On June 3rd, the Senate passed the Paycheck Protection Flexibility Act, the bill was passed by the House on May 28th. The President had previously indicated he would sign the bill and is widely expected to do so.
The bill makes several key changes to the Paycheck Protection Program (PPP) all geared around improving the ability of borrowers to maximize loan forgiveness. Under current PPP regulations, to achieve maximum forgiveness, borrowers must use 75% of PPP funds for covered payroll costs and 25% for covered non-payroll costs during an 8-week period which generally begins on the day the loan was disbursed. Many businesses found these requirements challenging due to government-imposed shutdowns and reduced demand for their products or services.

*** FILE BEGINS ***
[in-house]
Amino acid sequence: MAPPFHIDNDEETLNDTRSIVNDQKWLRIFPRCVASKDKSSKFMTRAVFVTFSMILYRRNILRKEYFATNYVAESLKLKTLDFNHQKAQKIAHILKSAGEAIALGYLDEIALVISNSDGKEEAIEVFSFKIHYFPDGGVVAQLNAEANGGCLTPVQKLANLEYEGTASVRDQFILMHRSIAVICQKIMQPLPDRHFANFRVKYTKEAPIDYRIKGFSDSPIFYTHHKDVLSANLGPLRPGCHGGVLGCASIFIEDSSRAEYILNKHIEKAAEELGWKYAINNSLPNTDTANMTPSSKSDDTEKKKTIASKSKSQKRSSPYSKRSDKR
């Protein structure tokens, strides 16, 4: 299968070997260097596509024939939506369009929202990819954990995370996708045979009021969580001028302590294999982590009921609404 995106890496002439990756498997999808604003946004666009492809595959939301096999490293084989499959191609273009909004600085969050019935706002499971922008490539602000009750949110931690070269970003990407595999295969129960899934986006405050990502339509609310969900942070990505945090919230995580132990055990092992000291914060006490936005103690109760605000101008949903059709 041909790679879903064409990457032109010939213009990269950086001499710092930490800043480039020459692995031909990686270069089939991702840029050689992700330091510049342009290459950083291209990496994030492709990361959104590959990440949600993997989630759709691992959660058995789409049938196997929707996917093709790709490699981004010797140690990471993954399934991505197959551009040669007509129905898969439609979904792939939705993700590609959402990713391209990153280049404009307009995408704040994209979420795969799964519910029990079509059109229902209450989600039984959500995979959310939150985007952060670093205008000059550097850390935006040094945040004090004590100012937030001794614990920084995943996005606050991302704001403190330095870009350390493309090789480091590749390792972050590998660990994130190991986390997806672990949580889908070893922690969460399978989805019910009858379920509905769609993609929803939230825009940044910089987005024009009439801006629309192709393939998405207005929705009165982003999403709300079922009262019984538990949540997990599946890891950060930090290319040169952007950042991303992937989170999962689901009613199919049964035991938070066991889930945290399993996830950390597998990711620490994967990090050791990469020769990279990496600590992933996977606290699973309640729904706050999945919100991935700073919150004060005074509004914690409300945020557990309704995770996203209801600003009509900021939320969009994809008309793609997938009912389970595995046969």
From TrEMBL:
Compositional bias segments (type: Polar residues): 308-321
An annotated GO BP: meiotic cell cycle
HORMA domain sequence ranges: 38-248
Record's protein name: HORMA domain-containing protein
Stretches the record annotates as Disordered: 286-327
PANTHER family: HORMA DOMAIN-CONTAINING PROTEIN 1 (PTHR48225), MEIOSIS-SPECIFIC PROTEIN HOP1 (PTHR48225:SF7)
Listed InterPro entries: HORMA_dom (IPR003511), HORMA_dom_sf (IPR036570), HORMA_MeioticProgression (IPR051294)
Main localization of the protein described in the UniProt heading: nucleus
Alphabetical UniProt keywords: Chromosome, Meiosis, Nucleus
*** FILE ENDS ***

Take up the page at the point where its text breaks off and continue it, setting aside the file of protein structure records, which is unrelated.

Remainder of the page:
Under the bill:
- Borrowers may extend the eight-week period to 24 weeks if the longer period will allow them to better achieve loan forgiveness.
- Payroll costs need now only account for 60% of the forgivable amount, giving business the ability to utilize more funds for other covered costs.
- Businesses have a longer period of time to restore their workforce without incurring forgiveness reductions.
- There will be additional exceptions for businesses who are unable to return to their prior number of FTEs.
- The repayment period for unforgiven amounts is extended from two years to five years.
- Businesses with PPP loans are now eligible for deferment of payroll taxes.
Overall, the changes to the PPP program should provide businesses with greater opportunity to achieve loan forgiveness while meeting their operational needs. However, this is still likely not the final work on the constantly evolving program. Once passed, regulatory guidance will follow implementing the changes and that guidance may contain additional surprises. Many banks are also now calling for blanket or streamlined forgiveness for certain borrowers, which may ultimately make it into future legislation.
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